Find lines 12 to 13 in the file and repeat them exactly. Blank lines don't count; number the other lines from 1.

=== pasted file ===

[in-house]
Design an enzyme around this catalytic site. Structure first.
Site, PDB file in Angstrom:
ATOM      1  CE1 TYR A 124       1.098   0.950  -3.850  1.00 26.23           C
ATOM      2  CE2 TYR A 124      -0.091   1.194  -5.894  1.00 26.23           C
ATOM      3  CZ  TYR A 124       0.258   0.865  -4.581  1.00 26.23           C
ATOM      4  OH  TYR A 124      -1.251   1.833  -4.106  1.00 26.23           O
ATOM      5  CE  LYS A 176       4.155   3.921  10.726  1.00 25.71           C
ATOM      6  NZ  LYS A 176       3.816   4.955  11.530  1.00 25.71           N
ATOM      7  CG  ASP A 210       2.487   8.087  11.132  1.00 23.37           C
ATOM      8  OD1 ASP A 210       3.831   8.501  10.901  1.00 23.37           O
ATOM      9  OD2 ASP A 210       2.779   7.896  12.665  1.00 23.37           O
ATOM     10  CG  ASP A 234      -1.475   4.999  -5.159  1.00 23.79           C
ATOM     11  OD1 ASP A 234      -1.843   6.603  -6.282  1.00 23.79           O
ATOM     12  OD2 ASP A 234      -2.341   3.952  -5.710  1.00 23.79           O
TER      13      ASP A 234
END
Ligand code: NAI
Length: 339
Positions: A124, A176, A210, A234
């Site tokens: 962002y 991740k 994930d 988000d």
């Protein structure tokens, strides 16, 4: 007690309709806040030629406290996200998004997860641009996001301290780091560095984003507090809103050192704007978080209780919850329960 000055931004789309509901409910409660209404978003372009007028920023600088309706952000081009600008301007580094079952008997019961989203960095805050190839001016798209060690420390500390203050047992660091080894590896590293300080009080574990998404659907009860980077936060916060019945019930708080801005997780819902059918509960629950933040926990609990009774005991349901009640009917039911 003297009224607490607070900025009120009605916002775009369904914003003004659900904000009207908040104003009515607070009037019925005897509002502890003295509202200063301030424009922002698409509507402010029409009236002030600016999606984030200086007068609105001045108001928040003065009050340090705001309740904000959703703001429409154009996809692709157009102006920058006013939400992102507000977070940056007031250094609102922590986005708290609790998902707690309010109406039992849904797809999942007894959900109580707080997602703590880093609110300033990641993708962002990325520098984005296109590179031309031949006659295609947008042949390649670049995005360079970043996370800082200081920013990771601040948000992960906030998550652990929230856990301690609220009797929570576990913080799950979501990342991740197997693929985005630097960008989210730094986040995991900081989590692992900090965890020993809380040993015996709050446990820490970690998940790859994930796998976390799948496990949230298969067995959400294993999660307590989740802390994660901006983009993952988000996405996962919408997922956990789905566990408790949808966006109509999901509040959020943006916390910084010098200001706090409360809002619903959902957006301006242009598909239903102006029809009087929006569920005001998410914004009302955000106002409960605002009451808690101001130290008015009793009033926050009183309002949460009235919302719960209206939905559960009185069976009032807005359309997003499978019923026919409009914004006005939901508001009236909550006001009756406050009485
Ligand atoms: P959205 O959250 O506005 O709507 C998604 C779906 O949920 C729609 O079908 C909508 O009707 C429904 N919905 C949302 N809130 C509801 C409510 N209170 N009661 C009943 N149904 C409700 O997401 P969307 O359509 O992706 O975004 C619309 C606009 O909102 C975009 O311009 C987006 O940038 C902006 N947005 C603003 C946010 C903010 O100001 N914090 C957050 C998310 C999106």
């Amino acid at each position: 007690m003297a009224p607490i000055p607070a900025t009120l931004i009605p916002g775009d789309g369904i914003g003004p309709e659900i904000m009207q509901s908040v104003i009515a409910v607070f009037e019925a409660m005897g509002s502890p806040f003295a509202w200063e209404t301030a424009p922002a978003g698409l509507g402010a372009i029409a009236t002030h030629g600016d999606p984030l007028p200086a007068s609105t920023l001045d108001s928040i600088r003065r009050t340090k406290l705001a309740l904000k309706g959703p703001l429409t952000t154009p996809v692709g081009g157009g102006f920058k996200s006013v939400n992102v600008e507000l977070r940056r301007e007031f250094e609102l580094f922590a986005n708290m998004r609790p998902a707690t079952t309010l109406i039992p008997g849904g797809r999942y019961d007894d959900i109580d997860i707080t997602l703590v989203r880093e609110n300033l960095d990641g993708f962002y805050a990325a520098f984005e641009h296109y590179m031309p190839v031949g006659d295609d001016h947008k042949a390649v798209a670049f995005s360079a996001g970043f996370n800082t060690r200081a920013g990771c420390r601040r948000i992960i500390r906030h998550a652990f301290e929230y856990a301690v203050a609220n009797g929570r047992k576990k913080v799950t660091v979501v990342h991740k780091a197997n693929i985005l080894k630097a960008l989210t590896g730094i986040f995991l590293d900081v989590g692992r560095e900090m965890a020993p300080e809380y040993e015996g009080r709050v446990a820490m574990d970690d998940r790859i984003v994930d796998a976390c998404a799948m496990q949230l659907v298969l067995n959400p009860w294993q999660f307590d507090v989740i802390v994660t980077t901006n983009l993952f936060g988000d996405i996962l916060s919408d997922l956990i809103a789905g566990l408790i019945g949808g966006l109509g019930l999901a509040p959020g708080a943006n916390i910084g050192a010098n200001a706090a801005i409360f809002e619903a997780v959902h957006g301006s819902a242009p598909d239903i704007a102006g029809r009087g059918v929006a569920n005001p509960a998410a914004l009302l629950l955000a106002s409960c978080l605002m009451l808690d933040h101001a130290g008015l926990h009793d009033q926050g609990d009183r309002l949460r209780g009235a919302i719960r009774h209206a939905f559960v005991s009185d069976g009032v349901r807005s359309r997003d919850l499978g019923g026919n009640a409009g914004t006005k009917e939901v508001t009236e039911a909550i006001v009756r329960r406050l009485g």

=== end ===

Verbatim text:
ATOM      9  OD2 ASP A 210       2.779   7.896  12.665  1.00 23.37           O
ATOM     10  CG  ASP A 234      -1.475   4.999  -5.159  1.00 23.79           C